But if they keep abusing you AFTER those “good” things, then they have no intention of changing. The “good” things, at that point, are just a manipulation tactic to get you to stay or oblige.

If they intend to improve, they will ACTUALLY try to improve. They will seek counseling, actually STOP hurting you, do things for you to make up for their actions (not to manipulate), and feel genuine remorse. Unfortunately, it’s way more likely for their “good” acts to be fake than sincere.

So whenever you tell yourself “this time will be different” or “oh, they will change”, recall the countless other times you thought the same only to be disappointed. If it helps, write down all instances you can think of when you fell for it.

When you think you’ll fall for it again, pull out that list to jog your memory.

4. Create boundaries that you’re willing and able to maintain

If your parent is still in your life, you will need to create some boundaries – not just as a way to break the trauma bond, but for your own well-being. Healthy boundaries are essential for ALL relationships, including the one with your parents.

Show them that you have your limits and that you will set and enforce your consequences if they try to push or cross them.

Be clear with what you’re not okay. And if they violate any boundaries you set with them, enforce the consequences you have.

However, it isn’t easy to set boundaries in general. Thus, it’s even harder to set them with abusive parents who are used to having authority over you. Learn more about how to set boundaries with abusive or narcissistic parents.

5. Consider low or no contact

If it’s a choice, consider limited contact where you only see your parents on certain occasions. And if any contact still feels like too much, consider going low or even no contact. Whether or not you think that’s the right decision depends on you.

Going no contact can seem extreme or unthinkable for some people. But others think it’s necessary for their mental health and well-being. How much contact you want to establish is completely up to you.

Learn more: How to Go No Contact with Abusive Parents

6. Learn how to deal with them

If low or no contact is not possible, learn how to best deal with them to shield yourself from their abuse.

Try your best not to engage with your parents emotionally. Revealing any of your emotions to them gives them something to attack you with. And if they throw tantrums or make threats to get what they want, don’t give in. Treat them like a child if you have to.

Learn more ways on how to deal with a narcissistic parent.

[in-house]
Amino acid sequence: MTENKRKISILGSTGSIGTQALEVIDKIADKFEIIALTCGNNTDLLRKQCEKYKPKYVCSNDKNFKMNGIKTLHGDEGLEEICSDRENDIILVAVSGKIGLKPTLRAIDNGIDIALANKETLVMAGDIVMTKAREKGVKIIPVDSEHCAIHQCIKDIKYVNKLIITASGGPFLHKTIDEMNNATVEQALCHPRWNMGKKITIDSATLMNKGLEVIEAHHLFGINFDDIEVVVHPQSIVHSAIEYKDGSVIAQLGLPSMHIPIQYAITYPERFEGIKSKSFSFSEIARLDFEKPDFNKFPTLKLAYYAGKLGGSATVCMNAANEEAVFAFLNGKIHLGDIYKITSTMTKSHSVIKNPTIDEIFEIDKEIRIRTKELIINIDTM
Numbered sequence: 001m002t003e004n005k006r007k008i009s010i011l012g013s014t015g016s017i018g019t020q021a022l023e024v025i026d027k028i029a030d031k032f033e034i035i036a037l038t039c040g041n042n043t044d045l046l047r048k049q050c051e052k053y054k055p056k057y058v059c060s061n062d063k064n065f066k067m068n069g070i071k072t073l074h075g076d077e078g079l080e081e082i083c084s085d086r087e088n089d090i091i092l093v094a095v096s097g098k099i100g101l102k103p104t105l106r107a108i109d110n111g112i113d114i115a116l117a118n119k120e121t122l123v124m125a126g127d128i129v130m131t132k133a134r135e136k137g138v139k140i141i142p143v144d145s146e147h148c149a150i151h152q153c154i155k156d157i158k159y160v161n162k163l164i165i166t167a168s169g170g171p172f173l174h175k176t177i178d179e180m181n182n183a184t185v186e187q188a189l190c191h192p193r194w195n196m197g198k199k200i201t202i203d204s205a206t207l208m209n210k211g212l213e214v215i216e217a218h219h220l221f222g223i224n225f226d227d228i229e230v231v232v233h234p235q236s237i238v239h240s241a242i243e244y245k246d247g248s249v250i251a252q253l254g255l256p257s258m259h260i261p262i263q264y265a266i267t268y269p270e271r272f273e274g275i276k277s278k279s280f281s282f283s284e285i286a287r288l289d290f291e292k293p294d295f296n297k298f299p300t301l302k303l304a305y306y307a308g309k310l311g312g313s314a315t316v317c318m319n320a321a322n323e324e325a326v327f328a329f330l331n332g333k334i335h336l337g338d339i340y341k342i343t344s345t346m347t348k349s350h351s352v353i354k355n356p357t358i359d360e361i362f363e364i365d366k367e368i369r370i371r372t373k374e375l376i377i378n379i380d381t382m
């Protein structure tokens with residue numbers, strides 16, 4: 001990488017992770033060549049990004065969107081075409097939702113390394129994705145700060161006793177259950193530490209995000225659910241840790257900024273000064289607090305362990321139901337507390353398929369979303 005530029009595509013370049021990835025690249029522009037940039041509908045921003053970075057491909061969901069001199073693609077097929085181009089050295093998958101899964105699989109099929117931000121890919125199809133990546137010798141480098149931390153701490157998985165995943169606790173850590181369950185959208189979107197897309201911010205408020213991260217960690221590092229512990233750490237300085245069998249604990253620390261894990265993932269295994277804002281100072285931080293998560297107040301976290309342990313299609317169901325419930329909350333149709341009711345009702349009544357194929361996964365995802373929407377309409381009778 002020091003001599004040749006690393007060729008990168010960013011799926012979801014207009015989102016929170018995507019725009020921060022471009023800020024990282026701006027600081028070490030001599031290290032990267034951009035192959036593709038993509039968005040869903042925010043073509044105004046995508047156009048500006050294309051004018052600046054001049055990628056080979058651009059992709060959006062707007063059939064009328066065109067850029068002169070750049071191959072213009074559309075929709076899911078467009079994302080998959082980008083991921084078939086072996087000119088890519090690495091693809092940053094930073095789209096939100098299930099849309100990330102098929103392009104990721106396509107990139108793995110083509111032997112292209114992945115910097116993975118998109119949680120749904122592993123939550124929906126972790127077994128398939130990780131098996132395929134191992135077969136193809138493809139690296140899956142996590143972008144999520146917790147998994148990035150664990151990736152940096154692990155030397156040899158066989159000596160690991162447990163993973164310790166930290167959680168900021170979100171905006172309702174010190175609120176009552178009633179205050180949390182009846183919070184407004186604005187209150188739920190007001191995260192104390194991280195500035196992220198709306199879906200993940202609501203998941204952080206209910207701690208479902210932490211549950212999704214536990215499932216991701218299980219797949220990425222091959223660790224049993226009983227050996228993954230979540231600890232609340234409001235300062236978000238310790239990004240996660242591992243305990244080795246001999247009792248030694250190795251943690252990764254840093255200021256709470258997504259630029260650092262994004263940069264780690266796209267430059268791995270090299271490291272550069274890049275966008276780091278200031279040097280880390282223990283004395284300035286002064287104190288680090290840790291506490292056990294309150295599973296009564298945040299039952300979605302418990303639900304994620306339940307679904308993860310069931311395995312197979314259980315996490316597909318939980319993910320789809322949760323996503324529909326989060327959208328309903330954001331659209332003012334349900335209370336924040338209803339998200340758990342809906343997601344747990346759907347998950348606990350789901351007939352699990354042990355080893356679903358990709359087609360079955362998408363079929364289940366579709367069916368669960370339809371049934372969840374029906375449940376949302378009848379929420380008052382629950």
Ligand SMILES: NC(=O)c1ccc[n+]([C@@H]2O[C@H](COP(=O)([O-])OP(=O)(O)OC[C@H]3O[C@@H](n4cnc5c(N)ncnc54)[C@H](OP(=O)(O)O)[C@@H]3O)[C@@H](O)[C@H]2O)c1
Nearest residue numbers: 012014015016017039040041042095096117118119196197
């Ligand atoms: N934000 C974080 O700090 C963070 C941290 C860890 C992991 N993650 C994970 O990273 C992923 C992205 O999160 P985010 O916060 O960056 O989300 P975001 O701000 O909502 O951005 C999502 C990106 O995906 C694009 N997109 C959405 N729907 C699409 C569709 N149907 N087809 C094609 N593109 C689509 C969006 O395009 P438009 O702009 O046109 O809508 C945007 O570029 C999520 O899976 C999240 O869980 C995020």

7. Build a support network

As you try to break the trauma bond with your parent, it’s important to also form bonds with other people who can support you.

Try building healthy and meaningful relationships. They can serve as a reminder of how relationships are supposed to be – a connection of mutual trust, respect, value, and support.

A support network can also help remind you why you need to let go of your abusive parent. They can also be there for you as you continue on your healing journey.

While these relationships can’t truly replace the parent-child one, they can still be very nurturing and beneficial for your well-being and inner child.

Begin Healing

Unraveling yourself from a trauma bond with your parent will be difficult. So it’s important to begin healing in the process as well.

Feel your feelings

As McBride said in her book, Will I Ever Be Good Enough?, you need to feel in order to heal.

Don’t pretend you aren’t hurt by your parents. It’s okay to feel your feelings. Find ways to deal with the hurt and let yourself grieve for what you lost.

Grieve for the parent you never had, the childhood you didn’t get, or the potential you never met because of the trauma. This is normal. Your feelings and experiences are completely valid.

Realize that it wasn’t your fault

Lots of abuse victims blame themselves for the abuse. But please realize that none of it was your fault. You were just a child. You didn’t deserve abuse no matter what reasons your parents or other people give.

Don’t let yourself believe it’s your problem or your fault. They were the adult who made their choices and acted the way they did. You were just a child trying to survive.

However, although what happened to you then was not your fault, what you choose to do now is on you.

Don’t beat yourself up if you still feel the bond

If you still have fond feelings for your abusive parent after trying to break the bond, that’s okay. Don’t beat yourself up about it.